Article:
I have not yet experienced high speed riding, but I will on 99 coming home tomorrow. Talking with other MG V7 owners: they can cruise all day at 80 no issues. It seems nobody has an idea of the top speed, I would guess around 100, similar to my EX500.


All bikes have quirks: the MG seem to have long throw shifters, and need a bit of finesse getting into first gear from neutral (roll the bike a bit, or release clutch a bit with light pressure on shifter). They tend to burn a bit of oil while breaking in, then once the rings seat they stop.

The build quality is superb, better I think than most bikes. Visually I think the MGs are stunning. The instruments are gorgeous, details are artistic. MPH is an excellent dealer. They have a USA-wide reputation for competence, and that is what I have experienced. If the V7 small block is not enough power, go for the bigger Griso. MG makes bikes with character, check out last month's Cycle World.

I will post actual riding experiences as I have them. Something tells me my is going to be a bit sore after this coming weekend. PM me if you want sources for a lot of detailed information from long term, and fanatical owners.

MG V7 = sport bike for old guys.

ciao baby,
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Old 08-09-2012, 01:54 PM   #5
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I own a V7. Little brother to the 1100. It has about 50k miles on it, has an extended oil sump which allows an additional litre of oil. I have not had any issues with it being air cooled. Drive shaft is nice low maintenance.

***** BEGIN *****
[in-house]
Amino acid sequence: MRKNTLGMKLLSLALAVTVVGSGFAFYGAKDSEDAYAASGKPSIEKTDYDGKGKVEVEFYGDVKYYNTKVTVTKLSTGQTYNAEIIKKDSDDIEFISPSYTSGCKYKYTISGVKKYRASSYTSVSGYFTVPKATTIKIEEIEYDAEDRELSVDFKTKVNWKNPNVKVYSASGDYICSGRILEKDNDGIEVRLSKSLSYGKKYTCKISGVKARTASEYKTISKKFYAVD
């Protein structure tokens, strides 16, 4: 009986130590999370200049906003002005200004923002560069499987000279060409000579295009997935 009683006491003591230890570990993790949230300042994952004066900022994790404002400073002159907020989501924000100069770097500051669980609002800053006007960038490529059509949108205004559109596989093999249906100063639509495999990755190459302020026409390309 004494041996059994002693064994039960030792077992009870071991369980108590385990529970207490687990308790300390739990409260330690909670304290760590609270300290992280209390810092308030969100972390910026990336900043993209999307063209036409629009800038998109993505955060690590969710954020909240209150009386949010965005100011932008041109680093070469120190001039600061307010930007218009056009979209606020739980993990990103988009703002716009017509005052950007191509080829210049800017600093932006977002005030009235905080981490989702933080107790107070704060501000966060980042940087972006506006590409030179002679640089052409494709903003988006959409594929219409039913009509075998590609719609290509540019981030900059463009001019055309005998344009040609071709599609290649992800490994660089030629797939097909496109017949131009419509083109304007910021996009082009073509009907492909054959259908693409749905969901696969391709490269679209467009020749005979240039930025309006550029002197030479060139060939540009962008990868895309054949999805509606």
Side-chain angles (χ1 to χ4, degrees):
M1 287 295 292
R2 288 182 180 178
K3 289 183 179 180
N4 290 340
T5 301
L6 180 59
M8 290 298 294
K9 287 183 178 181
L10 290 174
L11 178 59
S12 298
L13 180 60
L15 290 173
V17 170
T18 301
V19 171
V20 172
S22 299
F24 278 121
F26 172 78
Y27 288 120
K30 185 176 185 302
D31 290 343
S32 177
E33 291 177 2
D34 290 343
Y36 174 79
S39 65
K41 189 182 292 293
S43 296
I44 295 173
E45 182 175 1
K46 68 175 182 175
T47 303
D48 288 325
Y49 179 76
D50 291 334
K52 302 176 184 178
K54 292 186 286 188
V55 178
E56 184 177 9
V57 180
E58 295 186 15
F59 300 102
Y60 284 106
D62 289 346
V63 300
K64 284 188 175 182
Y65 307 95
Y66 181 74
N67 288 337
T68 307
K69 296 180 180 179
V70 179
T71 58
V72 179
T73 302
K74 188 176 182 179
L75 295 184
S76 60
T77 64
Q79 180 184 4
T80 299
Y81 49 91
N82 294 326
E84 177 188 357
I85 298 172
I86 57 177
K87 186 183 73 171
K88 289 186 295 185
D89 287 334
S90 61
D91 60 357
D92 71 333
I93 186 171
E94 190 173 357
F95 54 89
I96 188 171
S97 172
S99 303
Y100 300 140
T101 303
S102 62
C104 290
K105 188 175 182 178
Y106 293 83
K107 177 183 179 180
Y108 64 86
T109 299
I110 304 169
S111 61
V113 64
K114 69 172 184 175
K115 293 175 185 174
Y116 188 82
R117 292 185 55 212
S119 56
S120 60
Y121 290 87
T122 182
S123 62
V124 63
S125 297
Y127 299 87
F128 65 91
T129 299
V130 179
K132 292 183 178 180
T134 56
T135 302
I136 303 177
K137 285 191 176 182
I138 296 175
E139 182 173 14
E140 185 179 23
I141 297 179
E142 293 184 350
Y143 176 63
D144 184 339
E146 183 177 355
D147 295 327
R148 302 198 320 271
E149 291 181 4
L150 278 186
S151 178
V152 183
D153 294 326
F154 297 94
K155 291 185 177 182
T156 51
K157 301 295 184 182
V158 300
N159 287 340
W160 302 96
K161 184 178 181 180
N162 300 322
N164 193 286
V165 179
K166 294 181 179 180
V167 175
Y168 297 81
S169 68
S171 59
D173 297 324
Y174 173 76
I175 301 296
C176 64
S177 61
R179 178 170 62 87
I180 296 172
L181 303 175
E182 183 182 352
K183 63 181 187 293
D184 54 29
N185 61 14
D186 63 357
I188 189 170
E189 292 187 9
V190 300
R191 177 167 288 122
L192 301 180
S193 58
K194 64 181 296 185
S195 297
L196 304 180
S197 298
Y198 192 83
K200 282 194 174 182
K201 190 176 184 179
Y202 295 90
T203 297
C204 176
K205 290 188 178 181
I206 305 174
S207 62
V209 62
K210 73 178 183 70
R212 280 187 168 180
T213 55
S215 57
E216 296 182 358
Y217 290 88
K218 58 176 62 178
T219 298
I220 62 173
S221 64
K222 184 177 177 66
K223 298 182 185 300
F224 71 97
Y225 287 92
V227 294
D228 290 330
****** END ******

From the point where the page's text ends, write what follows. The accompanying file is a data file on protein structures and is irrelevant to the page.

What model are you looking at? What type of riding? Pm me if you want any additional info.
Top speed is 105.
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Old 08-09-2012, 02:13 PM   #6
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Believe it or not, I actually have ridden many more miles on shafties than on chains, so I'm very used to the various shaft drive effects. Fond memories of riding an '80 Yamaha XJ650 and an '86 XJ700 all through college. You would think that some 25year later, the Connie 14 would be far better, but there is still plenty of On-Off throttle driveline lag. To me, it's a great discipline tool for smooth throttle/clutch control. If you can drive a bad shaftie smooth, you can glide with any chain bike.

I understand about the pipe heat shielding. That's my biggest complaint about the ape. The pipes cook my legs whenever I'm stopped. As long as the cylinder heads don't roast my shins, I'm cool (pun intended).

The vibes is central to a bike's character. I4s are smooth, almost to a fault, at lower RPMs., but at higher Revs the 2XRPM buzziness can be annoying as heck. V-twins are the exact opposite.
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Old 08-09-2012, 02:51 PM   #7